I recently realized that I do not have a toaster. If I plan to eat toast anytime soon, I need to get one, so this past weekend I went on the quest to purchase a toaster. Doing what I always do, I started my toaster research online.
My toaster requirements were simple. I needed a toaster that:
- Effectively made toast.
- Had two slots and a dial by which to control the toastiness of said toast.
- Did not cost an arm and a leg.
- Would hold up to regular use for a reasonable amount of time.
- Did not appear likely to burn down my apartment building with normal use.
With these specifications in mind, I hit the World Wide Web in search of my perfect toaster match. What I discovered along the way simply stunned me as an ecommerce professional and frustrated me as a consumer. There are a number of sites out there selling toasters as well as other goods that do not list the pricing for all of the items they sell online. This simply blows my mind. Here’s my reasoning:
As a consumer, I head to the Internet for information about the products I wish to buy. Most often, this includes price. I suspect that I am not alone in searching for this information. Why then, do ecommerce sites omit this important little morsel of information?
Here’s a picture of one of the sites selling toasters but without listing the price:
Now, I realize that this particular model is only sold in the store—but that shouldn’t preclude listing the in-store sale price. Doesn’t this retailer want to drive cross-channel sales as well? Apparently not. Or perhaps they assume that the consumer will simply drop what they are doing and head to the local retail location to check it out. Let me just say that I didn’t venture anywhere near that retailer this weekend and subsequently bought a toaster from their competition.
In an unrelated search, I also happen to be in the market for a set of fluid acrylic paints for a mixed media art class that I am taking. A search of one of the big art supply store sites with locations near my home revealed that they offer the product I want, but refused to share the product’s sale price! See the image below.
In today’s Web-driven age, why show that the product is available if you aren’t going to at least tell the shopper what it costs? It seems counter-intuitive to me to refuse to show pricing, especially on a consumer-based site.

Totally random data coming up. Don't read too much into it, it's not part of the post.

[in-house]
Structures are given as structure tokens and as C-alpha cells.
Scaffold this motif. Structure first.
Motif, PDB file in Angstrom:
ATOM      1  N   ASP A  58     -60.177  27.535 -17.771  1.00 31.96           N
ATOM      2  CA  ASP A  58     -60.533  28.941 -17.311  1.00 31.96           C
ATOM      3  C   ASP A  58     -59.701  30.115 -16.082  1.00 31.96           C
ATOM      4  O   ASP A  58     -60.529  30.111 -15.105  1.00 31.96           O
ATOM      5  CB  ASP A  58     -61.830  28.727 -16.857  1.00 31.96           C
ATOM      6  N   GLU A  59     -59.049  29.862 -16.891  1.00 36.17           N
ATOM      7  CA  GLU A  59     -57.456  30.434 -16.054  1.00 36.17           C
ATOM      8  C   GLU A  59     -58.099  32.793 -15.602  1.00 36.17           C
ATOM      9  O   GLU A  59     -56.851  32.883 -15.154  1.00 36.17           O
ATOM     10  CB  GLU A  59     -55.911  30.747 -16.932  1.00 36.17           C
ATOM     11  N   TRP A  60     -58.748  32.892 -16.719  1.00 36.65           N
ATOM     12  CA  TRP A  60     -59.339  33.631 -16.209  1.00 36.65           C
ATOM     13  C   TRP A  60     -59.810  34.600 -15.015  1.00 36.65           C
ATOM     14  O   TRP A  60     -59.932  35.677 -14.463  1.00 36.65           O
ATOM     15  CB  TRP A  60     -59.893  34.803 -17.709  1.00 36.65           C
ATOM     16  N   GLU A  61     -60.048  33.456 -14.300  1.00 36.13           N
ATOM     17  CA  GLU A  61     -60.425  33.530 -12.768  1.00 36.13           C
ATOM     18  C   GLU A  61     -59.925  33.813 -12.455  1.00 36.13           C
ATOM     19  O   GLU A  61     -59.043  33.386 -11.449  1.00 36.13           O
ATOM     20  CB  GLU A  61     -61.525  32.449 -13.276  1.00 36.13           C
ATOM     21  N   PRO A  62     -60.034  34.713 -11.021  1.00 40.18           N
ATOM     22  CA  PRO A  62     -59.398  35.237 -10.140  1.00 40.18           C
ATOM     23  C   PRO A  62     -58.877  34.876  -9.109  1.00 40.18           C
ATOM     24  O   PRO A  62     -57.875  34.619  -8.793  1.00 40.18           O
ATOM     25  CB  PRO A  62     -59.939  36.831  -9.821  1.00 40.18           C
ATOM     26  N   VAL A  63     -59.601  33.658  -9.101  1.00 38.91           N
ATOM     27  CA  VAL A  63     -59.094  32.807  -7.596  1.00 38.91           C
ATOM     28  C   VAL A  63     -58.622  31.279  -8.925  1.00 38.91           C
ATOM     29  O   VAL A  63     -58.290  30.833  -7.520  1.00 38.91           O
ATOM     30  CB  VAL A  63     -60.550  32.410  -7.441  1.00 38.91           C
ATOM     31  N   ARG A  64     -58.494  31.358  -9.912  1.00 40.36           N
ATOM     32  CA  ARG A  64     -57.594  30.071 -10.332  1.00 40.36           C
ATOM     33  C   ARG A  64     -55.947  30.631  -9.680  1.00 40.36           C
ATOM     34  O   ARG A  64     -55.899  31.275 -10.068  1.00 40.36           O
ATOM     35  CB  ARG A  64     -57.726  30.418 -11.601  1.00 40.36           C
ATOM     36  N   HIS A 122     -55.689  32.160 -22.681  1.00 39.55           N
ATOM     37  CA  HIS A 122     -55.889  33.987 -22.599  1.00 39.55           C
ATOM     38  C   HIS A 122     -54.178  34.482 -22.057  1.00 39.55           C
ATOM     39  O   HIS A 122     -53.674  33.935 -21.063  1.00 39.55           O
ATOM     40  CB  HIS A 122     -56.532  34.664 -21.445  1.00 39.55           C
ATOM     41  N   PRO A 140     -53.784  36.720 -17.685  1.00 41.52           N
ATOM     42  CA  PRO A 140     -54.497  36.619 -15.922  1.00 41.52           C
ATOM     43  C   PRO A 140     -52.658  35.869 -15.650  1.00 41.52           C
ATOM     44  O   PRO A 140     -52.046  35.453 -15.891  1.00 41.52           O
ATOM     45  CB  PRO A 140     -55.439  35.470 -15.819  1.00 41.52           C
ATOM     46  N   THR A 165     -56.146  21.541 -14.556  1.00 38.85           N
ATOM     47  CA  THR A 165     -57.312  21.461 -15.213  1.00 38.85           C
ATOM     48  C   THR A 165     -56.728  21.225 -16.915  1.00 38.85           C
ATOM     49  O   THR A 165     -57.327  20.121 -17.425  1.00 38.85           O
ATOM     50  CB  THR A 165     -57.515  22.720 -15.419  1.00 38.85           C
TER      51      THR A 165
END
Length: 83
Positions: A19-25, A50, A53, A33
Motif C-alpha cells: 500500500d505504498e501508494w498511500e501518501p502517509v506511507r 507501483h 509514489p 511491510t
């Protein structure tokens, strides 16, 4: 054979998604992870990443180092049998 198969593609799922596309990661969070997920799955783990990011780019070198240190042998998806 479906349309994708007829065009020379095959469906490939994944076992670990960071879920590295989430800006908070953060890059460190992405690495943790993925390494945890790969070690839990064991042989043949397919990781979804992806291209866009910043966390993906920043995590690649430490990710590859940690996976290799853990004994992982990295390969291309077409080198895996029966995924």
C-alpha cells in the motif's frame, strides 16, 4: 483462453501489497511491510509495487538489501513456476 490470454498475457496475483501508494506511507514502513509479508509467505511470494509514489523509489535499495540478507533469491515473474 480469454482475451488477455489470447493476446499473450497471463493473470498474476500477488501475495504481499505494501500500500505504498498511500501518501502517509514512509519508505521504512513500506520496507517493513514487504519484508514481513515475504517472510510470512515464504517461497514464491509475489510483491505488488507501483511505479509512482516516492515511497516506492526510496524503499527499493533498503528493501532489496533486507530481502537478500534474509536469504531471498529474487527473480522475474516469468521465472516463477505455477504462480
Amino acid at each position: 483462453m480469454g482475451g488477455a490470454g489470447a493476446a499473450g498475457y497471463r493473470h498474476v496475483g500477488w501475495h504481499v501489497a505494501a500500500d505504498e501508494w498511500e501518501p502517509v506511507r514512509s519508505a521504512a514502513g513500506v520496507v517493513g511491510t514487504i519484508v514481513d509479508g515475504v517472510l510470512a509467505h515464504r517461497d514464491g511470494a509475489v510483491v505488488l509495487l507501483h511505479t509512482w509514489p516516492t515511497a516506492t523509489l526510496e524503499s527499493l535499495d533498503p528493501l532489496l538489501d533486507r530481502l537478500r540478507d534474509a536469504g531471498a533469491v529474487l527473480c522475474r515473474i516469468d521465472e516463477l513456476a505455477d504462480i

But what does my search for a toaster and a set of fluid acrylics have to do with your B2B ecommerce site?
B2B ecommerce sites are not immune from frustrating potential customers with missing product information. More and more B2B buyers are heading to the Internet to research new suppliers and to search for better pricing on the products they know they need. Not having your customer catalog visible to potential customers is the first B2B infraction—they have no idea if you offer the product they are looking for—and not listing a manufacturer’s list price is the second. A product catalog without a list price makes a potential customer guess about your pricing. Is it more than the manufacturer charges? (Yes, this sort of pricing still exists, although I am not sure how.) It is better pricing than your competitor offers—and if so, how much better? Divulging your list price as a starting place and accompanying that price with a note that indicates that better pricing is available for preferred customers or those companies that reach a certain volume level is a strategy that is likely to engage more of the Web’s fickle visitors.
B2B ecommerce must begin thinking of how today’s new business customer wants to engage in business and provide a website that meets those needs. Failing to do so will leave potential customers looking for the next online option—much like I did with my toaster.
To learn more about how to leverage the power of your B2B ecommerce site, download the white paper, B2B Ecommerce Success – Seven Questions to Consider When Beginning an Ecommerce Initiative.